Heat gets Howard for $98 million Seven-year deal lures Bullets free agent

July 14, 1996|By Jerry Bembry | Jerry Bembry,SUN STAFF

They pulled out all the stops to keep Juwan Howard in Washington -- from buying half-page newspaper ads to hiring an airplane and band in a public display of affection toward the All-Star forward. But in the end, the Washington Bullets would not match the reported seven-year, $98 million offer the Miami Heat dangled in Howard's face.

No, that's no misprint. In a deal that probably will cause a %J domino effect in the signings of other high-profile free agents, the Heat lured Howard to Miami with a contract worth $14 million a year -- possibly more with incentives. The Heat, which went into the free-agent market with a league-high $13.1 million to spend, is expected to hold a news conference announcing the signing tomorrow.

Miami's offer was $20 million more than the seven-year, $78 million offer the Bullets made to Howard during Thursday's opening of negotiations. Howard, who is represented by agent David Falk, was said to be upset by the offer. The Bullets apparently increased their offer to $89 million over seven years, but in the end decided not to spend as much money as Miami was willing to pay for one player.

According to a source, Washington had the lowest initial bid of five teams vying for Howard's services.

"We wish Juwan well," said Bullets general manager Wes Unseld. "We're sorry to lose him, but we'll be going on to improve and become a better team. We offered Juwan what we thought would be great for him and what would have allowed us to build a team."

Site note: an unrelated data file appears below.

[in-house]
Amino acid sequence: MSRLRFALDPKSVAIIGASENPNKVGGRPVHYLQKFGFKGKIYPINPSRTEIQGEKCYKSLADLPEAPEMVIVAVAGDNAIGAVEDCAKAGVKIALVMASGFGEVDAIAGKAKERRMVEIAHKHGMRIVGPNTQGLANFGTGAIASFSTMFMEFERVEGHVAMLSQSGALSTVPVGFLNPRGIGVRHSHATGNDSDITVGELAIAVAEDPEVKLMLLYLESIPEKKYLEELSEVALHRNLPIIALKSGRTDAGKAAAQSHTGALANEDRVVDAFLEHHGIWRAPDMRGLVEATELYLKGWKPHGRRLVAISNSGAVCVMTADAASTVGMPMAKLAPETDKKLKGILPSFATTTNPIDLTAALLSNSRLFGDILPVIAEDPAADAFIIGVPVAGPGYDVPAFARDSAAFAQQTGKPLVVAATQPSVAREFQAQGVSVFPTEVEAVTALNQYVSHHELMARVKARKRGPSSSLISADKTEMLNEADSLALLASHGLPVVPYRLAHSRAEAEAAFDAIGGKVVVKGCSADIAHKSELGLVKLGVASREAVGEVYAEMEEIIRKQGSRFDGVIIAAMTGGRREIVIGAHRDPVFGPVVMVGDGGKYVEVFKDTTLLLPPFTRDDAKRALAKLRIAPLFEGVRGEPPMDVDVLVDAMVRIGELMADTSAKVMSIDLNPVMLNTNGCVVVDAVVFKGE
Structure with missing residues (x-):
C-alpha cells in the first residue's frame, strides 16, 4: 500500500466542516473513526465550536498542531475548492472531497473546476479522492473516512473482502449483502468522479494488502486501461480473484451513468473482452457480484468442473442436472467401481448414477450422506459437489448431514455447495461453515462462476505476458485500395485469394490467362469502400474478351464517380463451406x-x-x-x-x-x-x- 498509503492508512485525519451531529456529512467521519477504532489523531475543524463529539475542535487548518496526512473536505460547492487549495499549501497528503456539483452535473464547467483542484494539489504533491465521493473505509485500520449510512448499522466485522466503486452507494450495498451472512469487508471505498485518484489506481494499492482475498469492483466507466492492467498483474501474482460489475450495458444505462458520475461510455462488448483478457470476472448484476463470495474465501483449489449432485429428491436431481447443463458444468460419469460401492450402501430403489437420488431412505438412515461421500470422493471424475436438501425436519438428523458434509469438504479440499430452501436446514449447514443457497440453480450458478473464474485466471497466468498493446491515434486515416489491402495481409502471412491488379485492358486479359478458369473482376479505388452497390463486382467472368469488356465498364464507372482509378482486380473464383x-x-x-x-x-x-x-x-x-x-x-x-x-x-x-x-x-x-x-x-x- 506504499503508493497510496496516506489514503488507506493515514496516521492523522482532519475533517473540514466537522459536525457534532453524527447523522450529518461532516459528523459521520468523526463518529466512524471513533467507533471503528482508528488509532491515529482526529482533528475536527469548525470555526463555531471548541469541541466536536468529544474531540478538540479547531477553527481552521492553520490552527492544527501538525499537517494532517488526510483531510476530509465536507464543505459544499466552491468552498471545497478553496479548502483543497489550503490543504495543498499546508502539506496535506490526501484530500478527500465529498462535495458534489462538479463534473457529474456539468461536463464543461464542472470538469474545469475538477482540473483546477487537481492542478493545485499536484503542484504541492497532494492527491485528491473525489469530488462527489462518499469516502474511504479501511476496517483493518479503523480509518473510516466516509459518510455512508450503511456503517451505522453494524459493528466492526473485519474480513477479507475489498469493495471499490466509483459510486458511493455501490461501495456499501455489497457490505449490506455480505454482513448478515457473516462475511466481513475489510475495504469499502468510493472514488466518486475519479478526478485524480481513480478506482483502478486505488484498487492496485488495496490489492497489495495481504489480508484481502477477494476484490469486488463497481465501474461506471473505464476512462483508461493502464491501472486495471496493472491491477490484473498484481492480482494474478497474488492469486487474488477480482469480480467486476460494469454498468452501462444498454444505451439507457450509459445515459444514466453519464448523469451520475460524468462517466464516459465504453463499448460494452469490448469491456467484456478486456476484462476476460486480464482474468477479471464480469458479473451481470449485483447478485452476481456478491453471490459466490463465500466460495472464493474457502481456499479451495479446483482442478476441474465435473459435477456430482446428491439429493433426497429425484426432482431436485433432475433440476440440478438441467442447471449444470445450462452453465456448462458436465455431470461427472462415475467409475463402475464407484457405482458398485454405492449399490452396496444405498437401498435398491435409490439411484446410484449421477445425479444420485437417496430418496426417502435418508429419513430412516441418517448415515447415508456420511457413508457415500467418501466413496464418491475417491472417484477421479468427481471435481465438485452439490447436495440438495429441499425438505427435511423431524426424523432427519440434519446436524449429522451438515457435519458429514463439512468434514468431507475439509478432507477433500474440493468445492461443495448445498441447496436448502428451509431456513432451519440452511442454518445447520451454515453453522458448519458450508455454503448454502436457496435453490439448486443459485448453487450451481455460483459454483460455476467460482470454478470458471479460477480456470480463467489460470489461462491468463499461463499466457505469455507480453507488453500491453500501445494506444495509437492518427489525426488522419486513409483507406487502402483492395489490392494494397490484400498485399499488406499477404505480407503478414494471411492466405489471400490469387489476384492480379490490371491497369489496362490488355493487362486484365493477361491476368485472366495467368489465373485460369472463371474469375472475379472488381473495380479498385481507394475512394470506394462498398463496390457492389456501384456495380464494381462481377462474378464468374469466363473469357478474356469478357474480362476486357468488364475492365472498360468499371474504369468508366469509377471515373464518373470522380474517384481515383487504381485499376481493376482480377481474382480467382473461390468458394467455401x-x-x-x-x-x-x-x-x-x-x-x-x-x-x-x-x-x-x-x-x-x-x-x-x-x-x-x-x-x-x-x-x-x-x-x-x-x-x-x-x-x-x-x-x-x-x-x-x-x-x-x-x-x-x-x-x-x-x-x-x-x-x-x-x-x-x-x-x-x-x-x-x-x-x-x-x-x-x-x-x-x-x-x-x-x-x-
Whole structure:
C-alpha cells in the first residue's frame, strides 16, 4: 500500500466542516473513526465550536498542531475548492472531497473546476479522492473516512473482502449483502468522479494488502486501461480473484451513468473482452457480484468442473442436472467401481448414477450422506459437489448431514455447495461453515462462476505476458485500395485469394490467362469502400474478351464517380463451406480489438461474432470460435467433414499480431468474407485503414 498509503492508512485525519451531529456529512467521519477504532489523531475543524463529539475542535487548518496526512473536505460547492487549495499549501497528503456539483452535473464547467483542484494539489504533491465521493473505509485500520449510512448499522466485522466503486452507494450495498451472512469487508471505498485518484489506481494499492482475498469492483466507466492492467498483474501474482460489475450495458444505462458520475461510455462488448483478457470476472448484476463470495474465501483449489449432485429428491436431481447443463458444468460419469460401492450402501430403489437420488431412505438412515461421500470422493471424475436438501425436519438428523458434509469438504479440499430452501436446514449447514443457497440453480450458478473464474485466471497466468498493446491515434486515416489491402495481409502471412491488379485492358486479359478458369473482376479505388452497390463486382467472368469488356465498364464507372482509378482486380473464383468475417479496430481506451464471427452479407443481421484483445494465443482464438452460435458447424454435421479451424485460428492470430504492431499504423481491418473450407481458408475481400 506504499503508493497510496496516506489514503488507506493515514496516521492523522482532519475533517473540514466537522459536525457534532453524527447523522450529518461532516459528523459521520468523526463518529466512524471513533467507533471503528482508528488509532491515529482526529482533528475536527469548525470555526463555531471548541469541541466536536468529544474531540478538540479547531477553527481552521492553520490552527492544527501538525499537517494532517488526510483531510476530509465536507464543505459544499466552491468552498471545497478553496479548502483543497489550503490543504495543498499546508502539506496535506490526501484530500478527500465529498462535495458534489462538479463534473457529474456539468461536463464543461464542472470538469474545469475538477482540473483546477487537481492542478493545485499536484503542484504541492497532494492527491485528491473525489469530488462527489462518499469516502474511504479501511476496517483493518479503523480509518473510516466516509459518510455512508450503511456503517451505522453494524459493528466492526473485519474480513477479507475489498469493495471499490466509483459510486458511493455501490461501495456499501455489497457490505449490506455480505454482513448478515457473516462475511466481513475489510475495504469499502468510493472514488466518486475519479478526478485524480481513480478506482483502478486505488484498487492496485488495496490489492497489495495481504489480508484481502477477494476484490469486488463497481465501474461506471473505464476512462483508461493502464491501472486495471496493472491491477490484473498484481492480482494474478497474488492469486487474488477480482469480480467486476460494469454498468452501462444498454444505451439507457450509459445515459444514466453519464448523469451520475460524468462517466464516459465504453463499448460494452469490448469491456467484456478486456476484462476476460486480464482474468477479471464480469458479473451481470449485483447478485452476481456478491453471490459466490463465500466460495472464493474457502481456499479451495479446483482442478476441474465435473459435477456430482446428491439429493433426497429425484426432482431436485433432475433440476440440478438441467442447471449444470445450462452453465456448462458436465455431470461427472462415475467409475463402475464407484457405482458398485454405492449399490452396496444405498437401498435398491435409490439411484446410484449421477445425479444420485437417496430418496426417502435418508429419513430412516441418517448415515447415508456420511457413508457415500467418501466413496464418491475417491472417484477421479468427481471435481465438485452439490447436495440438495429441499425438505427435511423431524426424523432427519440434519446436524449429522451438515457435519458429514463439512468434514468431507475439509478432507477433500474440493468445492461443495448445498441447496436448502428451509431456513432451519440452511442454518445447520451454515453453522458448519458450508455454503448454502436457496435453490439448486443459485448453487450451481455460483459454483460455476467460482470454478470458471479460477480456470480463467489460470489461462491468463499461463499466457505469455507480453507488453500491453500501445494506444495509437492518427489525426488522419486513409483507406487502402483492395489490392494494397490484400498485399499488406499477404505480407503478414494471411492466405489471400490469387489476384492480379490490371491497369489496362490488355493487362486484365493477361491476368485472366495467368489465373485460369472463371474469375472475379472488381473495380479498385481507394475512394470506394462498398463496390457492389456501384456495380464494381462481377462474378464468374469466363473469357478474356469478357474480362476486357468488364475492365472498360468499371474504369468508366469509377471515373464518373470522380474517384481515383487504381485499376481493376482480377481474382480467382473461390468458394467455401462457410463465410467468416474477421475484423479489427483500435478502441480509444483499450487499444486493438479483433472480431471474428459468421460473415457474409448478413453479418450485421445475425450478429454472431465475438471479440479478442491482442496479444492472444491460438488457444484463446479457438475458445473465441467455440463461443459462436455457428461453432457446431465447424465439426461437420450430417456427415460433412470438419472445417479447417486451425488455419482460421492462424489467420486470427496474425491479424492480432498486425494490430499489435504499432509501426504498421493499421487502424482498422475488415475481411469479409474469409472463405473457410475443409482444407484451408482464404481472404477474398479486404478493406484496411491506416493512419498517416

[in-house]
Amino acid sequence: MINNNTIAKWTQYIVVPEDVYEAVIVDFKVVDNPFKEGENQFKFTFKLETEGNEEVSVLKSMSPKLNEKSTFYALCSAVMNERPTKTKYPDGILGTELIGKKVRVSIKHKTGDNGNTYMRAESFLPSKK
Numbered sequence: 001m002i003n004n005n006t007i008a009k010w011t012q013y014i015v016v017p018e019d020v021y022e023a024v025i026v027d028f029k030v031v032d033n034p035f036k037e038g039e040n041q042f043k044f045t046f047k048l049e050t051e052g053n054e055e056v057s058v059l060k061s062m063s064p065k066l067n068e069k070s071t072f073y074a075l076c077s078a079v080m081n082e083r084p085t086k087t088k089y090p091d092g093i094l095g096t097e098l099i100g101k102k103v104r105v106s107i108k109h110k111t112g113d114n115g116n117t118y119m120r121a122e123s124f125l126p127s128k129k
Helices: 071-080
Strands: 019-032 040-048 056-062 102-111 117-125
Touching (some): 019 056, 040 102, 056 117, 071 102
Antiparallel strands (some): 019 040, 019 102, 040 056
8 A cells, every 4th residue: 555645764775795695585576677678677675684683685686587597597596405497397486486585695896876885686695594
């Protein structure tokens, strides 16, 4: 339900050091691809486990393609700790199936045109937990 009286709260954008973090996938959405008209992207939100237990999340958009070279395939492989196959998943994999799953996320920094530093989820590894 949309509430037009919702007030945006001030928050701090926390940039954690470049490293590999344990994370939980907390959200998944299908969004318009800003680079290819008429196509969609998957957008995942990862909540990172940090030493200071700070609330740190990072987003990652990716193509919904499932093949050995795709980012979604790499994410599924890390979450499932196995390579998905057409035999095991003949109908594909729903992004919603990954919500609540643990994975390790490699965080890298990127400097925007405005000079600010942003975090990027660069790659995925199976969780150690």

With Howard's departure, the Bullets never really found out how effective a forward combination he and Chris Webber could have become over the course of a full season. At one point last season, Howard said the two former college teammates at Michigan had the potential to be one of "the best forward duos" in basketball. But Webber was hurt much of the two seasons that the two were Bullets teammates, and they never played a full pro season together.

After a solid rookie season, Howard came into his own last season, averaging 22.1 points, 8.1 rebounds and 4.4 assists and being named to the All-Star team. On a team riddled with injuries to key players for much of last season, Howard was able to keep the Bullets in playoff contention until the final week.

Howard's leaving can be seen as a legacy of former Bullets general manager John Nash, whose hard stance during negotiations led the forward to hold out the first month of his first season in Washington. Howard said he was insulted by the negotiations, and believed Nash doubted his ability.

Eventually, the fifth pick of the 1994 draft signed an 11-year deal worth $36.6 million, with an annual pay less than that of the No. 6 pick, Sharone Wright of the Philadelphia 76ers. That deal was only done after the Bullets agreed to a clause that allowed Howard to escape after the second season to become an unrestricted free agent.

That's what Howard did, going to Miami, where he will play for coach Pat Riley and alongside All-Star center Alonzo Mourning, who has not yet signed. The Heat could try to sign Mourning to a one-year deal with the promise of a long-term deal next year, then use the salary-cap savings from that move to pursue free-agent point guard Gary Payton.

Pub Date: 7/14/96

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